- breaches of privacy that occur at the statistical layer instead of the individual data layer require new kinds of privacy protections and guarantees.
The technical solution to this last bullet point is a technique called differential privacy. Still in the early stages of commercial adoption, differential privacy thinks about privacy as the extent to which individual data impacts the shape of some statistical distribution. If what we care about is the insight, not the person, then let’s make it so we can’t reverse engineer how one individual contributed to that insight. In other words, the task is to modify a database such that:
if you have two otherwise identical databases, one with your information and one without it, the probability that a statistical query will produce a given result is (nearly) the same whether it’s conducted on the first or second database.
Here’s an example Matthew Green from Johns Hopkins gives to help develop an intuition for how this works:
Imagine that you choose to enable a reporting feature on your iPhone that tells Apple if you like to use the 💩 emoji routinely in your iMessage conversations. This report consists of a single bit of information: 1 indicates you like 💩 , and 0 doesn’t. Apple might receive these reports and fill them into a huge database. At the end of the day, it wants to be able to derive a count of the users who like this particular emoji.
It goes without saying that the simple process of “tallying up the results” and releasing them does not satisfy the DP definition, since computing a sum on the database that contains your information will potentially produce a different result from computing the sum on a database without it. Thus, even though these sums may not seem to leak much information, they reveal at least a little bit about you. A key observation of the differential privacy research is that in many cases, DP can be achieved if the tallying party is willing to add random noise to the result. For example, rather than simply reporting the sum, the tallying party can inject noise from a Laplace or gaussian distribution, producing a result that’s not quite exact — but that masks the contents of any given row.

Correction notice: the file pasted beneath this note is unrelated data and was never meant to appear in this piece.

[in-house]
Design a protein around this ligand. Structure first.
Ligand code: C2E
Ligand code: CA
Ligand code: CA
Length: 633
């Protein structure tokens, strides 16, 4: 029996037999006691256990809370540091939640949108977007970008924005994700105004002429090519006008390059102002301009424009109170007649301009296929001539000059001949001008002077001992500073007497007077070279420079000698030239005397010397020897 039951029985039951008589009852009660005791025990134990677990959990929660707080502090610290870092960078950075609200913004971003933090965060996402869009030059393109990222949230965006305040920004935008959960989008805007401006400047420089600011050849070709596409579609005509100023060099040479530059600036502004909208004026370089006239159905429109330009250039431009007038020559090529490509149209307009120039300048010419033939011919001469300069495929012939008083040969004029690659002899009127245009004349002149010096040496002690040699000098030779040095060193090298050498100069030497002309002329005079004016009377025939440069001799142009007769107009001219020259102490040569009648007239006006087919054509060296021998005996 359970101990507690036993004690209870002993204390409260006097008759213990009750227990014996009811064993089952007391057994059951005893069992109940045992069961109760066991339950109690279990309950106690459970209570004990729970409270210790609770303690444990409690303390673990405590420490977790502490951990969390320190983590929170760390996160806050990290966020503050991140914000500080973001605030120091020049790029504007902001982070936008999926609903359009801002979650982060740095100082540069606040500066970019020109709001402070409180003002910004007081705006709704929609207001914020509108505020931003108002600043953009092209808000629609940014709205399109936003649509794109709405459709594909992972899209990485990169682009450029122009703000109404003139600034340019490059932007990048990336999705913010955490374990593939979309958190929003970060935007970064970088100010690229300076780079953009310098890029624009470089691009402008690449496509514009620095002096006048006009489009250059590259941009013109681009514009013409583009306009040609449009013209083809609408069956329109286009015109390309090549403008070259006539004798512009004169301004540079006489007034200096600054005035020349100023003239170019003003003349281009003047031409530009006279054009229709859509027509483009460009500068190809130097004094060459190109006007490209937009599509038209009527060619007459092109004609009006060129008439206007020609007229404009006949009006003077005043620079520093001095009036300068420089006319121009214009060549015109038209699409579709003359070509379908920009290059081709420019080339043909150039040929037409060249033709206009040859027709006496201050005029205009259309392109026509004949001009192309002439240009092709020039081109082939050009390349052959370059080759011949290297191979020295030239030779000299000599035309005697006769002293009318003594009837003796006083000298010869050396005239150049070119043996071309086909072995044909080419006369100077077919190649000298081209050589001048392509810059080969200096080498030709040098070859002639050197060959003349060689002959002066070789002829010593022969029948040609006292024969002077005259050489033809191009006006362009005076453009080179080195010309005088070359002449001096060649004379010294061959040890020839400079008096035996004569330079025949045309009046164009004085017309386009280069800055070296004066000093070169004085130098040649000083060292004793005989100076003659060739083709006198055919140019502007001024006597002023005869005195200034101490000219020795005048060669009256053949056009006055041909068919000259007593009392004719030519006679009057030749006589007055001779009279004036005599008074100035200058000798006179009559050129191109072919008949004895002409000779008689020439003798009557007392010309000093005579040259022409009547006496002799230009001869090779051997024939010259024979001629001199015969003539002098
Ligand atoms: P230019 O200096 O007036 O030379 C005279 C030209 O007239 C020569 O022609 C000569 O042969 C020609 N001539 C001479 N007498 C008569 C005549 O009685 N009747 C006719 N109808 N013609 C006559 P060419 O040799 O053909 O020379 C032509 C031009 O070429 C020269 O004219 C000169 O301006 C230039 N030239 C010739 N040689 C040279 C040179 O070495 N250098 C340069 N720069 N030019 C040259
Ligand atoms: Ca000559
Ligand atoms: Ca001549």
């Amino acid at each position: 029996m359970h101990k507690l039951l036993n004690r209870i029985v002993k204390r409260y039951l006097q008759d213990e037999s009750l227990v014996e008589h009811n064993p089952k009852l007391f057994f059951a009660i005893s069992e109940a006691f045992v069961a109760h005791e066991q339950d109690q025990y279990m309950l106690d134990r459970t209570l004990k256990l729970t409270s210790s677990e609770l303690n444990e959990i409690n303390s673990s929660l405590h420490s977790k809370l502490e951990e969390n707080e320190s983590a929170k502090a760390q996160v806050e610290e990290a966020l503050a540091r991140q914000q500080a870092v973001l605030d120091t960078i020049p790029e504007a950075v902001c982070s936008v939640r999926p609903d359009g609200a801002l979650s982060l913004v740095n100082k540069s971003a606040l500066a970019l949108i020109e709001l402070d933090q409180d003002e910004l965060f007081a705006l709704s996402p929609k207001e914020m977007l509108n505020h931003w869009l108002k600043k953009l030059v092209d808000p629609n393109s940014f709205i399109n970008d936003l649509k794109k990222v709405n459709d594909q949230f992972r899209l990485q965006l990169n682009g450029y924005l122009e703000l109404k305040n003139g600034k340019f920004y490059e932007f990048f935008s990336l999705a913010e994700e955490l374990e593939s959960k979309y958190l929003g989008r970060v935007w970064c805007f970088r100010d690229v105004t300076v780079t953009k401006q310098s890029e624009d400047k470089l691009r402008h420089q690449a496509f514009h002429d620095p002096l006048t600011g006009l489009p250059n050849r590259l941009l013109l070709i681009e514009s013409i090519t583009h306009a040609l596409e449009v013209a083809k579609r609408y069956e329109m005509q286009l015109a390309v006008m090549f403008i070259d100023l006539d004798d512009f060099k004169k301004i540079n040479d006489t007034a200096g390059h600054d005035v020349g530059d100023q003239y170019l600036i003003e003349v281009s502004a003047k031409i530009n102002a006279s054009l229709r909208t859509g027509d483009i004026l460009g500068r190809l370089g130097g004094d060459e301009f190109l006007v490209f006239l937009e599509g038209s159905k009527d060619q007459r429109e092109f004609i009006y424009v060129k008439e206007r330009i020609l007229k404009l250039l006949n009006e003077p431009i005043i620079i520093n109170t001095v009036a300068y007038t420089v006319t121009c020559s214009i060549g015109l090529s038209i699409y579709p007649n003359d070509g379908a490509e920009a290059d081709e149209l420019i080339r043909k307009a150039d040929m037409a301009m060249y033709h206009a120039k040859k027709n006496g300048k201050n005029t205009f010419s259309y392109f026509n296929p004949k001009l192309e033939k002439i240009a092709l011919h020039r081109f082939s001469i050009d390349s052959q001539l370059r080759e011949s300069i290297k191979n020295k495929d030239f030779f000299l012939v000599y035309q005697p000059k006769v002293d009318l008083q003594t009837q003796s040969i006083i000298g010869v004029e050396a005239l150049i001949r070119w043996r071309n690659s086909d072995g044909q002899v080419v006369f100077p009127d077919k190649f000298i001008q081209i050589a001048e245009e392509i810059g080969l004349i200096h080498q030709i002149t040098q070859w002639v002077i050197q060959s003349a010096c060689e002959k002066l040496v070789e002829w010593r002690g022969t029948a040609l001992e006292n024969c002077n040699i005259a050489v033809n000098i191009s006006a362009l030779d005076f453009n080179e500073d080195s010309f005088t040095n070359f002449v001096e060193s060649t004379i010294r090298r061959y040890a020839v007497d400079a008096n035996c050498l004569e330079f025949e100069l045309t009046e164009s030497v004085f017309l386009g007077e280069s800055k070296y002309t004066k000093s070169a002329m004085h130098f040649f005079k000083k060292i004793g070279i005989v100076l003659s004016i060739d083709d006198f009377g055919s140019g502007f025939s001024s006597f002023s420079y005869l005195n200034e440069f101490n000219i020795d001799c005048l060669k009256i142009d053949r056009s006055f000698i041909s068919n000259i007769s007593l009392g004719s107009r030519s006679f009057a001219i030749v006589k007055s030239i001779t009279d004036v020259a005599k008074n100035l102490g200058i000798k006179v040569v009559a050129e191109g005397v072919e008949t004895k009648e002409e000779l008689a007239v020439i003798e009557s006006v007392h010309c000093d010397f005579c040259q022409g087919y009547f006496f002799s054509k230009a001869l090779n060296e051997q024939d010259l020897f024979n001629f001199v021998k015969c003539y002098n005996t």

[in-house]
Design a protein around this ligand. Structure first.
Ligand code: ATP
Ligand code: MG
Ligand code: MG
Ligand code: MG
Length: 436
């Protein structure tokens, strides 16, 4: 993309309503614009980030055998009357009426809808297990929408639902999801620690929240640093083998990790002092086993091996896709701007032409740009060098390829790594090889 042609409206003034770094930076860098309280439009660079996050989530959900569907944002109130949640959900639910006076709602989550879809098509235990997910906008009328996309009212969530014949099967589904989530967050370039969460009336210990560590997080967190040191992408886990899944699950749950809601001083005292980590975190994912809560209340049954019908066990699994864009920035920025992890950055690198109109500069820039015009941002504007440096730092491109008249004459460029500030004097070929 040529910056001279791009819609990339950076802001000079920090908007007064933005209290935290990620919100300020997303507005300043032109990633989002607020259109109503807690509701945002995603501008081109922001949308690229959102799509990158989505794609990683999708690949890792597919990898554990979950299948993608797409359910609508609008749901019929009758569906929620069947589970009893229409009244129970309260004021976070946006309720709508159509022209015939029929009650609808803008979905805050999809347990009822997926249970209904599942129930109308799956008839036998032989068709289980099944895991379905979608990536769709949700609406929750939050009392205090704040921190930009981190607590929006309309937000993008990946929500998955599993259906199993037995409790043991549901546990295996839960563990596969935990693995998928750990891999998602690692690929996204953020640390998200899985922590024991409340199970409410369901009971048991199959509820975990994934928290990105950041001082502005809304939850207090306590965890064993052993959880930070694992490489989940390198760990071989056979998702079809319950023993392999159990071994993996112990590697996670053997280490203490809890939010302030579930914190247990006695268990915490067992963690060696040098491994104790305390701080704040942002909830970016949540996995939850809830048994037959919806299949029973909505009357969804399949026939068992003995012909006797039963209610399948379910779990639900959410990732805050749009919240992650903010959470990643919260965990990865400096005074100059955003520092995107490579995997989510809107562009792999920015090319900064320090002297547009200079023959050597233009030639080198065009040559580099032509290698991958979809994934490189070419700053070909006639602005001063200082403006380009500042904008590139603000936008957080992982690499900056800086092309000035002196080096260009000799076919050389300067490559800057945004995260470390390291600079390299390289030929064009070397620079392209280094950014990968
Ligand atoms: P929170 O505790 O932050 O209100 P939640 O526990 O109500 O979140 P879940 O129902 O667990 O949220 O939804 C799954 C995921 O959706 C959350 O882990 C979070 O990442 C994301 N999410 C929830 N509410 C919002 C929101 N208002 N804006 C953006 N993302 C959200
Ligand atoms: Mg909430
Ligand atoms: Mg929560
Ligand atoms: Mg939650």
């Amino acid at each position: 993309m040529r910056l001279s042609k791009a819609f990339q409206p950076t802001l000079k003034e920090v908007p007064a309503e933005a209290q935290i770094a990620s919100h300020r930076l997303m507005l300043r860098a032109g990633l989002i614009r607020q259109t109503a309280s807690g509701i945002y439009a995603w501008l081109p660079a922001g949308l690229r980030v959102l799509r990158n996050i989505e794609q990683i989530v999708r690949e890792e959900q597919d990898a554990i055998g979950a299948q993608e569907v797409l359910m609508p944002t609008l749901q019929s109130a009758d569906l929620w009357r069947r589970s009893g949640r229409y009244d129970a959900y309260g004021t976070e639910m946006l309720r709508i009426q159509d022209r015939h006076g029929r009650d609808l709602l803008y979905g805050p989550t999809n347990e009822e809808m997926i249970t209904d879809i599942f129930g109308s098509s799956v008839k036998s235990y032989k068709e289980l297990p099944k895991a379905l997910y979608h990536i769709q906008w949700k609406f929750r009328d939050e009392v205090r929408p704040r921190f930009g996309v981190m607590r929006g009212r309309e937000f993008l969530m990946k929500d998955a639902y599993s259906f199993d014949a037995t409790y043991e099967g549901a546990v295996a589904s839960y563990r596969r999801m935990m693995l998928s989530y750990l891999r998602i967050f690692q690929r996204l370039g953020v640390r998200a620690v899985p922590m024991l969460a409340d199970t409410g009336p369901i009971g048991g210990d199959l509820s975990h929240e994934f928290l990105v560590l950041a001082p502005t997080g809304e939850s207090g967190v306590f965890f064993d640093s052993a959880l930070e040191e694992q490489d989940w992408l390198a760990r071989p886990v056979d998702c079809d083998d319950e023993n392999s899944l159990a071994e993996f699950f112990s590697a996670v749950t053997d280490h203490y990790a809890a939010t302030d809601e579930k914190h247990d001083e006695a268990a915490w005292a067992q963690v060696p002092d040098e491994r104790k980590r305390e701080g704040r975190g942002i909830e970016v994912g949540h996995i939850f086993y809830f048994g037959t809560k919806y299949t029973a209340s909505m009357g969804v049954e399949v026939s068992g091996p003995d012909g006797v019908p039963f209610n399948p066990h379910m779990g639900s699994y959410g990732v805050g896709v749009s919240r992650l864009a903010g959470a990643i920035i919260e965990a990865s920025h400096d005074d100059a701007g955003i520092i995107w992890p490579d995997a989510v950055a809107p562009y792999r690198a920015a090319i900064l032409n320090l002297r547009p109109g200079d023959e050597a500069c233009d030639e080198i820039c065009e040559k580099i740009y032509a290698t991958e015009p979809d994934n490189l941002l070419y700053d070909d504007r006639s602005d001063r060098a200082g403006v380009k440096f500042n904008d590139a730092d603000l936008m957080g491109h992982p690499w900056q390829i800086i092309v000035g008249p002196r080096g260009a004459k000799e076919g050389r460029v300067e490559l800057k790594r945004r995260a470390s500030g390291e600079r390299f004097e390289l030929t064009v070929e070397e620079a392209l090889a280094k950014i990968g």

This is pretty technical. It takes time to understand it, in particular if you’re not steeped in statistics day in and day out, viewing the world as a set of dynamic probability distributions. But it poses a big philosophical question in the context of this post.
In the final chapters of Homo Deus, Yuval Noah Harari proposes that we are moving from the age of Humanism (where meaning emanates from the perspective of the individual human subject) to the age of Dataism (where we question our subjective viewpoints given our proven predilections for mistakes and bias to instead relegate judgment, authority, and agency to algorithms that know us better than we know ourselves). Reasonable expectations for privacy, as Justice Harlan indicated, are subjective, even if they must be supported by some measurement of norms to qualify as reasonable. Consent is individual and subjective, and results in principles like that of minimum use for an acknowledged purpose because we have limited ability to see beyond ourselves, we create traffic jams because we’re so damned focus on the next step, the proxy, as opposed to viewing the system as a whole from a wider vantage point, and only rarely (I presume?) self-identify and view ourselves under the round curves of a distribution. So, if techniques like differential privacy are better apt to protect us in an age where distributions matter more than data points, how should we construct consent, and how should we shape expectations, to craft the right balance between the liberal values we’ve inherited and this mathematical world we’re building? Or, do we somehow need to reformulate our values to align with Dataism?
And, perhaps most importantly, what should peaceful resistance look like and what goals should it achieve?